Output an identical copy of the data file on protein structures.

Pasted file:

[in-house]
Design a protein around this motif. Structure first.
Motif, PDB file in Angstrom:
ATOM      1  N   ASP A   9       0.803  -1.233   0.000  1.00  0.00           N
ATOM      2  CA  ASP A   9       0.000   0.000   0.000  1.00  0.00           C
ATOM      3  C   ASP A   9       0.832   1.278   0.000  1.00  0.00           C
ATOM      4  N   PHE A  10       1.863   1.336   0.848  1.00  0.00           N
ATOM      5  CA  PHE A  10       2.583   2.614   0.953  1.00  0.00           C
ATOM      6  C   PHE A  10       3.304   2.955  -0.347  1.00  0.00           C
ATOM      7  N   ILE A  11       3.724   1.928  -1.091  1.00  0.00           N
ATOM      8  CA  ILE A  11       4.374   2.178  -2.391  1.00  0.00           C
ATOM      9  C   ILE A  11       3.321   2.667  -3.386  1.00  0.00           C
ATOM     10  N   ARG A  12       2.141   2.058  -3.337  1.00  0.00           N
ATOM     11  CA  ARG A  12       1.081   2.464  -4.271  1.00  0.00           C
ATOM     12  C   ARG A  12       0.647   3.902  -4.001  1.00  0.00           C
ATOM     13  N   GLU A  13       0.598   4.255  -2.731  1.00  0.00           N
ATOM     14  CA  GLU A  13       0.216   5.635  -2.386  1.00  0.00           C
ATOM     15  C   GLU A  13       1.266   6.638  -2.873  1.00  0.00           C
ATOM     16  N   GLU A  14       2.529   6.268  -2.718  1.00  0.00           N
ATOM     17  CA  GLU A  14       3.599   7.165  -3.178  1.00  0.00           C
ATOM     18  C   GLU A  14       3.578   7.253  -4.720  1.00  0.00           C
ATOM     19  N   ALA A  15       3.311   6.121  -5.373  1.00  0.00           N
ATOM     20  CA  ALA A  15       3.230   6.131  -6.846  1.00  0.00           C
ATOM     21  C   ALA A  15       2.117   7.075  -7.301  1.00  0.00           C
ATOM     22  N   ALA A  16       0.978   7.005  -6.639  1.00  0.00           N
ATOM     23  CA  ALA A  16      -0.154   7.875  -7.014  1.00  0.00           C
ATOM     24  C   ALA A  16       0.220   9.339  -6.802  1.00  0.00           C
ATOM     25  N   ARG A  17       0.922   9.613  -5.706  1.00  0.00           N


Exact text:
[in-house]
Design a protein around this motif. Structure first.
Motif, PDB file in Angstrom:
ATOM      1  N   ASP A   9       0.803  -1.233   0.000  1.00  0.00           N
ATOM      2  CA  ASP A   9       0.000   0.000   0.000  1.00  0.00           C
ATOM      3  C   ASP A   9       0.832   1.278   0.000  1.00  0.00           C
ATOM      4  N   PHE A  10       1.863   1.336   0.848  1.00  0.00           N
ATOM      5  CA  PHE A  10       2.583   2.614   0.953  1.00  0.00           C
ATOM      6  C   PHE A  10       3.304   2.955  -0.347  1.00  0.00           C
ATOM      7  N   ILE A  11       3.724   1.928  -1.091  1.00  0.00           N
ATOM      8  CA  ILE A  11       4.374   2.178  -2.391  1.00  0.00           C
ATOM      9  C   ILE A  11       3.321   2.667  -3.386  1.00  0.00           C
ATOM     10  N   ARG A  12       2.141   2.058  -3.337  1.00  0.00           N
ATOM     11  CA  ARG A  12       1.081   2.464  -4.271  1.00  0.00           C
ATOM     12  C   ARG A  12       0.647   3.902  -4.001  1.00  0.00           C
ATOM     13  N   GLU A  13       0.598   4.255  -2.731  1.00  0.00           N
ATOM     14  CA  GLU A  13       0.216   5.635  -2.386  1.00  0.00           C
ATOM     15  C   GLU A  13       1.266   6.638  -2.873  1.00  0.00           C
ATOM     16  N   GLU A  14       2.529   6.268  -2.718  1.00  0.00           N
ATOM     17  CA  GLU A  14       3.599   7.165  -3.178  1.00  0.00           C
ATOM     18  C   GLU A  14       3.578   7.253  -4.720  1.00  0.00           C
ATOM     19  N   ALA A  15       3.311   6.121  -5.373  1.00  0.00           N
ATOM     20  CA  ALA A  15       3.230   6.131  -6.846  1.00  0.00           C
ATOM     21  C   ALA A  15       2.117   7.075  -7.301  1.00  0.00           C
ATOM     22  N   ALA A  16       0.978   7.005  -6.639  1.00  0.00           N
ATOM     23  CA  ALA A  16      -0.154   7.875  -7.014  1.00  0.00           C
ATOM     24  C   ALA A  16       0.220   9.339  -6.802  1.00  0.00           C
ATOM     25  N   ARG A  17       0.922   9.613  -5.706  1.00  0.00           N